INTERFACING TO HUMANS
Artificial Reality Corporation
In the late 1960s when the idea of the human interface as a research discipline was just dawning, the usual approach was to think in terms of the minimum devices and software that would allow users to operate existing computer applications within the then current economic constraints.
The work described in this talk took a very different approach. It asked, what are the possible ways that humans and machines might interact? It began with the creation of interfaces that were as far away from existing conventions as possible. Instead of interfacing the human to the computer, it interfaced the computer to the human. The interface would be the human body and the human senses. Full-body participation in distributed computer simulations was considered the interface of the future.
As in the virtual reality efforts that came later, encumbering devices such as wireless HMDs and tracking systems were considered but discarded because there were many situations in which wearing such paraphernalia would be unwelcome. Instead, unencumbering technology was developed based on environmental sensors such as video cameras and pressure-sensitive floors. Feedback was provided through projected graphics and synthesized sound. In addition to the full-body format, a desktop version was created.
Mature applications which were significant research projects in their own right were developed and widely demonstrated. These included systems for gas flow visualization, teletutoring, multipoint gesture control, range-of-motion therapy, spatial interfaces for the blind, and olfactory display.
Myron Krueger is a computer visionary who implements his predictions as both science and art. He received a BA in Mathematics from Dartmouth College where he was in the first Basic class. He spent two years in the military at the U.S. Electronic Proving Ground at Fort Huachuca Arizona. He then attended the University of Wisconsin and earned MS & PhD degrees in Computer Science. His thesis title was “Computer-Controlled Responsive Environments.” Upon completing his thesis, he moved across the street to the Space Science and Engineering Center where he proposed a worldwide virtual reality telecommunication project as the theme of the U.S. Bicentennial. In 1978 he moved to the University of Connecticut where he taught Computer Science and completed the preliminary development of the Videoplace System which was first demonstrated at CHI 85 and SIGGRAPH 85. He left UCONN in 1985 to form Artificial Reality Corporation which has performed research and consulting for corporations and government agencies.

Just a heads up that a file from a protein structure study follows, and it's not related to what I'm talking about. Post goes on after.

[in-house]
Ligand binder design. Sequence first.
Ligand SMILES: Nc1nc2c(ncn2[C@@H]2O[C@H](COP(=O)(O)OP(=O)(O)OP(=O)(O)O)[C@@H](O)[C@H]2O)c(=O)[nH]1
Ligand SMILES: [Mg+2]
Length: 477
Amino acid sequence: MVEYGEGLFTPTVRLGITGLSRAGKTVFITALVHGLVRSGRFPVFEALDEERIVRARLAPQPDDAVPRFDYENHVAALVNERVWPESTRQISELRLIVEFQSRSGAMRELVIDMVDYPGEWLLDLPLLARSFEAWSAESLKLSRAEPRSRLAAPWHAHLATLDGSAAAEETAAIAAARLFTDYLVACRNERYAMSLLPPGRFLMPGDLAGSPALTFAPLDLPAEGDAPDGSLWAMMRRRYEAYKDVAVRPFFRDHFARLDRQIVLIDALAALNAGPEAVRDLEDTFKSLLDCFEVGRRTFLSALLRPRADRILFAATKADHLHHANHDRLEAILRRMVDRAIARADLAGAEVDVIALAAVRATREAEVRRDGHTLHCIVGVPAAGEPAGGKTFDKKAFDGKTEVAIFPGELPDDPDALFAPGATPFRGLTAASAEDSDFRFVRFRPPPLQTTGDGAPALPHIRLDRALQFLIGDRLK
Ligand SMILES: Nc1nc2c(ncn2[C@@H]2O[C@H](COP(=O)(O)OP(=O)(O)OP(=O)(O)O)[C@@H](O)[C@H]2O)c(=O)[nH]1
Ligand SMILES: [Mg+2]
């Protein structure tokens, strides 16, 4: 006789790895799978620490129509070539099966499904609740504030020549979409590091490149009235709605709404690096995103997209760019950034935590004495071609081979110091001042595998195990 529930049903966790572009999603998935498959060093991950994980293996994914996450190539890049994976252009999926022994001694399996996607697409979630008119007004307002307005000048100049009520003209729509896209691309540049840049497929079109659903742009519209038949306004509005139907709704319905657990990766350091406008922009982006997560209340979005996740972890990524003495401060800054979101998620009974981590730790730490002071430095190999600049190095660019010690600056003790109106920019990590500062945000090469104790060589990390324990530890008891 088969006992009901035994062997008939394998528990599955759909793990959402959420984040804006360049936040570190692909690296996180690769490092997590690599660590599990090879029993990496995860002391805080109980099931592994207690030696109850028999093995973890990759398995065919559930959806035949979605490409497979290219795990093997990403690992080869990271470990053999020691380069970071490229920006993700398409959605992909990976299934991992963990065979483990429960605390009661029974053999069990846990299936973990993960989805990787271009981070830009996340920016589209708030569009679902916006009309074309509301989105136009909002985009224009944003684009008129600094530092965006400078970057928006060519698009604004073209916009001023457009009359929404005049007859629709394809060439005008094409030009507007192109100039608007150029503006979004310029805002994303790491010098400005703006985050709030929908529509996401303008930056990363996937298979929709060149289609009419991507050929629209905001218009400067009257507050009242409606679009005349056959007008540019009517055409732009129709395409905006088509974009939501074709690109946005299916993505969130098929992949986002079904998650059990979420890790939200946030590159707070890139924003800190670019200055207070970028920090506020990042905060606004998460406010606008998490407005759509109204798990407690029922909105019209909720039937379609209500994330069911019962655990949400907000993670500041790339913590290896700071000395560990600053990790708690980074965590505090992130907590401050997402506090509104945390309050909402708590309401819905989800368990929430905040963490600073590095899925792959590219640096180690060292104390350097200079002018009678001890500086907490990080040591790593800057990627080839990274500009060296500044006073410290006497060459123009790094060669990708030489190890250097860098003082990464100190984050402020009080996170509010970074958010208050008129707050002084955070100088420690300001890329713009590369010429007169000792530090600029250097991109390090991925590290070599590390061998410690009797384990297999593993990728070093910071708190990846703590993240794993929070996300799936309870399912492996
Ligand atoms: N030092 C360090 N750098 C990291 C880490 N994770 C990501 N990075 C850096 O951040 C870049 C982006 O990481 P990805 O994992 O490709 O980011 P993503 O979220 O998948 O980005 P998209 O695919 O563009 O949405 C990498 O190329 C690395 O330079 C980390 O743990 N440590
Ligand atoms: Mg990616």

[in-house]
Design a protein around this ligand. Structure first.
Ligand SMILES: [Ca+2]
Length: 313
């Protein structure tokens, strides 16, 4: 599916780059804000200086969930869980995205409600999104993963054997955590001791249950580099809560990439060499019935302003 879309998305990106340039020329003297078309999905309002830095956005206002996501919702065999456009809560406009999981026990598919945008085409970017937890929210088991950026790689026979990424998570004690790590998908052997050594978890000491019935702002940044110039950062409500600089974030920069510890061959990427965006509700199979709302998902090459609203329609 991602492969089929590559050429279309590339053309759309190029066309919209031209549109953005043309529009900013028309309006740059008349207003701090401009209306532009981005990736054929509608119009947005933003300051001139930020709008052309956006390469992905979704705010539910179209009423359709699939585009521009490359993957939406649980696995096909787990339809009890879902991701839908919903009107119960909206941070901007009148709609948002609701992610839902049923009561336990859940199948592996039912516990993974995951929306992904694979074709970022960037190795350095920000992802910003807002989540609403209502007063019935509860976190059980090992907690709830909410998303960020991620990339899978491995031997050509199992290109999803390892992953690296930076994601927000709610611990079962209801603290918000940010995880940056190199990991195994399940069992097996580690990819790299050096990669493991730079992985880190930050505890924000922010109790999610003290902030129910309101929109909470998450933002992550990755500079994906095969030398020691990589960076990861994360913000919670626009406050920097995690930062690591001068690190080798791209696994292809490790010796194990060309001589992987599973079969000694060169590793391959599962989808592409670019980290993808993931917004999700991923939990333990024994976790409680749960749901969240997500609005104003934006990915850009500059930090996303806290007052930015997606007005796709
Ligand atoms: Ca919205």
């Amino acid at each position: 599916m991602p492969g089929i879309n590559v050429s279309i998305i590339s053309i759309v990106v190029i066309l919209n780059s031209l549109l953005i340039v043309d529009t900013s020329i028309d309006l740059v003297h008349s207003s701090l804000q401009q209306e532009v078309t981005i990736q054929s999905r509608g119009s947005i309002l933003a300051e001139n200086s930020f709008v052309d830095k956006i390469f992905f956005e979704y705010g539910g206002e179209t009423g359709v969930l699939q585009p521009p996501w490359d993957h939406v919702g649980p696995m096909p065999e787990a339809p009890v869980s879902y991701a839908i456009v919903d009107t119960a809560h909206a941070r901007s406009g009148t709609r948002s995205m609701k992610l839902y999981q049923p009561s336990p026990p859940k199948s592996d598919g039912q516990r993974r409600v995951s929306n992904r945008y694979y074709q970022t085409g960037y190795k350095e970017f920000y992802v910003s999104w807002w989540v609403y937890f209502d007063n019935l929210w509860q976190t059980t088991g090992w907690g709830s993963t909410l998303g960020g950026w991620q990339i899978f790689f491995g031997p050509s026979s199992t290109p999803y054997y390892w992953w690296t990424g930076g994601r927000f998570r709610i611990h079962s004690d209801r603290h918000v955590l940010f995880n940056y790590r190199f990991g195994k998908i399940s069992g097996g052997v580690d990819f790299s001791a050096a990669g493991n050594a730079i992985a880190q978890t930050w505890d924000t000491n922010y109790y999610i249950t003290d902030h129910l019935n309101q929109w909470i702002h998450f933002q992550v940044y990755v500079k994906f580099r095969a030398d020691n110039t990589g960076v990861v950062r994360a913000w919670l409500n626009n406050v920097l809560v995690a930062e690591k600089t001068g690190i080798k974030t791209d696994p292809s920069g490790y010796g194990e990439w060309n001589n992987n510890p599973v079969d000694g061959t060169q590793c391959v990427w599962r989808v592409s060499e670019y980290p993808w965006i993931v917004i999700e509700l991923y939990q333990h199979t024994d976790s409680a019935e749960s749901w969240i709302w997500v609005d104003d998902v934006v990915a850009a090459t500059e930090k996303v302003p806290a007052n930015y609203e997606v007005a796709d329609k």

Dr. Krueger pioneered the development of unencumbered, full-body participation in computer-created telecommunication experiences and coined the term “Artificial Reality” in 1973 to describe the ultimate expression of this technology. Dr. Krueger’s 1974 dissertation was published as Artificial Reality (Addison-Wesley,1983) and reissued as Artificial Reality II (Addison-Wesley) in 1991. These writings were the first to introduce the concepts of virtual reality and interactive art to the broad technological community. Additional ideas introduced in his writings include wireless wearable computers and displays, augmented reality, motion capture, the CAVE, the shared telecommunication space, and application areas such as embedded training, as well as consumer products like the V-Chip, TIVO™, and the EyeToy™.
His technologies have been used to implement innovative applications in gas flow visualization, teletutoring, range-of-motion therapy, and a spatial interface for the blind which includes speech input and output. He also repurposed his vision hardware to perform wide-area wireless tracking for head-mounted displays and developed a wireless olfactory display.
Dr. Krueger has given over a hundred invited talks worldwide and received awards from both the art and scientific communities for his work.